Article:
The day before the commemoration, during a visit to the Armenian Genocide monument, Flynn read the words of William Saroyan: “I should like to see any power in this world destroy this race, this small tribe of unimportant people whose history is ended, whose wars have been fought and lost, whose structures have crumbled, whose literature is unread, whose music is unheard, and whose prayers are no more answered. Go ahead, destroy this race! Destroy Armenia! See if you can do it. Send them from their homes into the desert. Let them have neither bread nor water. Burn their homes and churches. Then, see if they will not laugh again, see if they will not sing and pray again. For, when two of them meet anywhere in the world, see if they will not create a New Armenia.” Deeply moved, Flynn will be using these words at the outset of his course.
Flynn concluded his comments with a call to action for the students in the audience. “As I look out into the audience today, I notice the significant number of young people in attendance who are in middle school or high school. I’d like you to do one thing for me, starting tomorrow. Go to your school principal, vice principals, and teachers. Ask for someone to ‘step up to the plate’ and, as I say, ‘grab the bull by the horns,’ and teach genocide studies in your school. It’s the best thing you can do for yourself, the Armenian community—past, present, and future—and the world itself in recognition of the fact that there is no place for genocides in our global society and moreover that it will not be tolerated!”
The presentation of the 2009 Genocide Educator of the Year Award was the culmination of the school year’s activities regarding genocide education in Rhode Island. This year, Getzoyan and Kalajian have counted the addition of North Smithfield, Lincoln, North Providence, and Pawtucket to the list of school districts offering dedicated electives on the subject, joining East Greenwich and Cranston, not to mention several private and parochial schools. The process of introducing electives in the state’s school districts became significantly easier this year as the Rhode Island State Department of Education (RIDE) introduced genocide education curriculum materials to their website. Teachers in the state can now access the materials by visiting www.ride.ri.gov and going to instruction and curriculum resources.
To introduce these materials, an event sponsored by Aram Garabedian, the originator of the Genocide Curriculum Bill passed into law in 2000, was held at the Providence Marriott Hotel on Sun., March 1. At this event, attended by over 100 educators and community members, curriculum materials were displayed, along with informational handouts for teachers. While enjoying precious historical artwork provided for the event by Berge Zobian of Gallery Z in Providence, as well as refreshments, attendees were able to look through the curriculum materials and take any information of interest.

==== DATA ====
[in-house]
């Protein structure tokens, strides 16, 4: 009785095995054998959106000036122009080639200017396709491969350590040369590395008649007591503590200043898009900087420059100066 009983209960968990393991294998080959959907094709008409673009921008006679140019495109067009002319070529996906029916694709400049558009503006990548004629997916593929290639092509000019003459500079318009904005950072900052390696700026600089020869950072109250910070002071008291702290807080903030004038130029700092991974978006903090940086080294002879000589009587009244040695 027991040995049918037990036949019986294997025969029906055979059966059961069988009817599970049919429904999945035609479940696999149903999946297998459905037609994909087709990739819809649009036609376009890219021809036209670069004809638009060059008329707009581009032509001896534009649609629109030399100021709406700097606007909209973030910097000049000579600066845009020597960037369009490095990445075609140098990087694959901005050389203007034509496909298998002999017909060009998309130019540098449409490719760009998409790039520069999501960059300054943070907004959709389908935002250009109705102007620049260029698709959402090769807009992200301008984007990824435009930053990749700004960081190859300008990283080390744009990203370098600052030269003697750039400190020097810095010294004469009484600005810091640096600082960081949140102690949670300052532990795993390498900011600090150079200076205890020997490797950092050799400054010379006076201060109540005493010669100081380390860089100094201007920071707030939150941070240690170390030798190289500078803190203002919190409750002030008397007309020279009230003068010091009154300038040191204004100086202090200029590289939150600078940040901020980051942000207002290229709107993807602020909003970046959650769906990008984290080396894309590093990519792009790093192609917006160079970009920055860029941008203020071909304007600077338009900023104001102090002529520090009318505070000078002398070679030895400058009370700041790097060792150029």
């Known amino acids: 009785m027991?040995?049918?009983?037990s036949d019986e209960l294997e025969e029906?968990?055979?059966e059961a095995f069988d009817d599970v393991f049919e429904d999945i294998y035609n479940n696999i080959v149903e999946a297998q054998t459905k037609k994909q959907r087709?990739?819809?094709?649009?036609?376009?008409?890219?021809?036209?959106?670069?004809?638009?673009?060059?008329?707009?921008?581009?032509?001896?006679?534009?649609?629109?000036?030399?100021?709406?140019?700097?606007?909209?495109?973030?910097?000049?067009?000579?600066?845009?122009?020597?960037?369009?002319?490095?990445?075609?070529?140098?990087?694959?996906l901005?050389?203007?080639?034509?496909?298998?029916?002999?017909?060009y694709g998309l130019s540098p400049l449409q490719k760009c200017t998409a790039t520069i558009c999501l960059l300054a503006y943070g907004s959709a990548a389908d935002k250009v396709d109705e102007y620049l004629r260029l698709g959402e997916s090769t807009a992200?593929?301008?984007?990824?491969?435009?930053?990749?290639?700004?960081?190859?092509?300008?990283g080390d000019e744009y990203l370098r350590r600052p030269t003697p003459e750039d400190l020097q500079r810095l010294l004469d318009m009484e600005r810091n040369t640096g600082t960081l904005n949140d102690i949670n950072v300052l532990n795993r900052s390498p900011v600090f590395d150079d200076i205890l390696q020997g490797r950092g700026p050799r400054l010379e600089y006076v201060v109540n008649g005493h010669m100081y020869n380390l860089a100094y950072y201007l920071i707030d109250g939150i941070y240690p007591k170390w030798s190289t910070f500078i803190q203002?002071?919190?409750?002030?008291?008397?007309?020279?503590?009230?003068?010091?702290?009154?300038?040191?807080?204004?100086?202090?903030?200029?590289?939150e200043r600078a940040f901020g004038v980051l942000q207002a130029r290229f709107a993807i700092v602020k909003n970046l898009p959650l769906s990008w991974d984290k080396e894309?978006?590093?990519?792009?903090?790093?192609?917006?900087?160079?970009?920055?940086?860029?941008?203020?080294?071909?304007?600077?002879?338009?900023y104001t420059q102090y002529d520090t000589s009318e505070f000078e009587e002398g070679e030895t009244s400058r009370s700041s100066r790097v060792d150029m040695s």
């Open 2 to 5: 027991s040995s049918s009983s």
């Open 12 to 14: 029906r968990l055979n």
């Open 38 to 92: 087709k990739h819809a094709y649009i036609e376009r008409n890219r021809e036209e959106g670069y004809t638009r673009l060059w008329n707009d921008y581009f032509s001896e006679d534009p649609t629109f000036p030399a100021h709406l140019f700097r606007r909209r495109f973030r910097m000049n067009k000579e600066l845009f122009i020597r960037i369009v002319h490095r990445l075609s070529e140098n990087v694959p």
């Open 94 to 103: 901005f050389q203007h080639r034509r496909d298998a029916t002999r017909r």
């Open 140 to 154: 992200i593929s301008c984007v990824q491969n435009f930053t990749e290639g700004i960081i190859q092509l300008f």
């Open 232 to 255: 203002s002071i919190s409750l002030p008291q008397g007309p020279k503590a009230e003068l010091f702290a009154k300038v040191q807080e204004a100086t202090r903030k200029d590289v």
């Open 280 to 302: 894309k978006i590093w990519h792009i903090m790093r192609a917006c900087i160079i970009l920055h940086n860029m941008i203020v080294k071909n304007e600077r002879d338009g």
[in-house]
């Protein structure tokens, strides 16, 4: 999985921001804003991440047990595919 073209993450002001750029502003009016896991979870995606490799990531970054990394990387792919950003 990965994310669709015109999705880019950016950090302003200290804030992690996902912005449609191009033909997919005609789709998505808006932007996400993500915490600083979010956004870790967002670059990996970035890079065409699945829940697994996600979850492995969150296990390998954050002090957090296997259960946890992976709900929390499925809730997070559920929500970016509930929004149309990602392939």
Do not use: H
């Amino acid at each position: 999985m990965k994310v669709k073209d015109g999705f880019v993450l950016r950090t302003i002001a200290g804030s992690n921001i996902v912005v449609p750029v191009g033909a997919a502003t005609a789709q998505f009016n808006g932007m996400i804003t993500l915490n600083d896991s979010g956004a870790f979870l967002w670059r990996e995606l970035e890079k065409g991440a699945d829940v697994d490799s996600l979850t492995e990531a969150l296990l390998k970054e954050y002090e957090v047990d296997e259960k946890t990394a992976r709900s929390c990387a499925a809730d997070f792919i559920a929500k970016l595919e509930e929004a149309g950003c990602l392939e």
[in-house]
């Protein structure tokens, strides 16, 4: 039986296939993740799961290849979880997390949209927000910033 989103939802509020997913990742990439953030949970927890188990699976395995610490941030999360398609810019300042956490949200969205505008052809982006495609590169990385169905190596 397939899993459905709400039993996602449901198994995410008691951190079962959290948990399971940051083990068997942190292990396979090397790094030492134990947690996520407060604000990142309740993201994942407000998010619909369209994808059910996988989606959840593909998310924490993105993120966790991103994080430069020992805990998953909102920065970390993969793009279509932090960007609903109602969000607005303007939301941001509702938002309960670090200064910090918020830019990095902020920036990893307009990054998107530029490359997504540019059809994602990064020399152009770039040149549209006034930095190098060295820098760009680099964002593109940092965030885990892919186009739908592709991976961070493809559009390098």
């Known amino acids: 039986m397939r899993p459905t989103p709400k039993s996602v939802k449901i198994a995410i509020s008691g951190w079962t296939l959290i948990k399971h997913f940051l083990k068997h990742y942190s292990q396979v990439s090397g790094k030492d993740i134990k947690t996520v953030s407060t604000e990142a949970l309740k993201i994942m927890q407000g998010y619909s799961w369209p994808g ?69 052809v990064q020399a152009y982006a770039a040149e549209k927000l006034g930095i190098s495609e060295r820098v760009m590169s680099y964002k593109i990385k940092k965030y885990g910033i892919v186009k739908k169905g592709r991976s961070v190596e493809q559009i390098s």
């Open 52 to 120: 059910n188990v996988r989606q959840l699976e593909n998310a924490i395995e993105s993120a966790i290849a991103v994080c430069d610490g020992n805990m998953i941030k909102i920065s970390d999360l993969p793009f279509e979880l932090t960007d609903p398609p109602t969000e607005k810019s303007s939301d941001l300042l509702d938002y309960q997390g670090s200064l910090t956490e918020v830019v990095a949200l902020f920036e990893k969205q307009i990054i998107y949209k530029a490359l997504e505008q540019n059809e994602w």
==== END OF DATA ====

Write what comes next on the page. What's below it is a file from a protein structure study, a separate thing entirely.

East Greenwich social studies department head Tim McPartlin acted as emcee for the event and introduced Garabedian. McPartlin has been instrumental in assisting Getzoyan and Kalajian in developing a relationship with RIDE to make the materials available to Rhode Island teachers. In fact, Robert Petrucci, a teacher in McPartlin’s department, was awarded the first Genocide Educator of the Year Award in 2007.
In addition to the curriculum materials, the featured guest speaker for the afternoon, following comments by Garabedian applauding the move by RIDE, was Margaret Ahnert, author of The Knock at the Door, an account of her mother’s experiences during the Armenian Genocide. Its publication date of April 24, 2007, is notable as it fell on the 92nd anniversary of the beginning of the genocide. Those attending were moved by Ahnert’s readings from the book, which was available for purchase and personally signed by the author.
Ahnert was born in New York City. She received an MFA from Goucher College and a BA from Goddard College, and is a graduate of the Barnes Foundation. She has pursued a variety of careers including producing television documentaries, running a Pennsylvania hotel and resort, lecturing as a docent at the Metropolitan Museum of Art and the Philadelphia Museum of Art, and teaching art appreciation through the “Art Goes to School” program in elementary schools. Ahnert holds a 100-ton master captain’s license and is an avid hunter and fisherwoman. Married and the mother of two grown children and two grandchildren, she lives in New York and Ft. Lauderdale.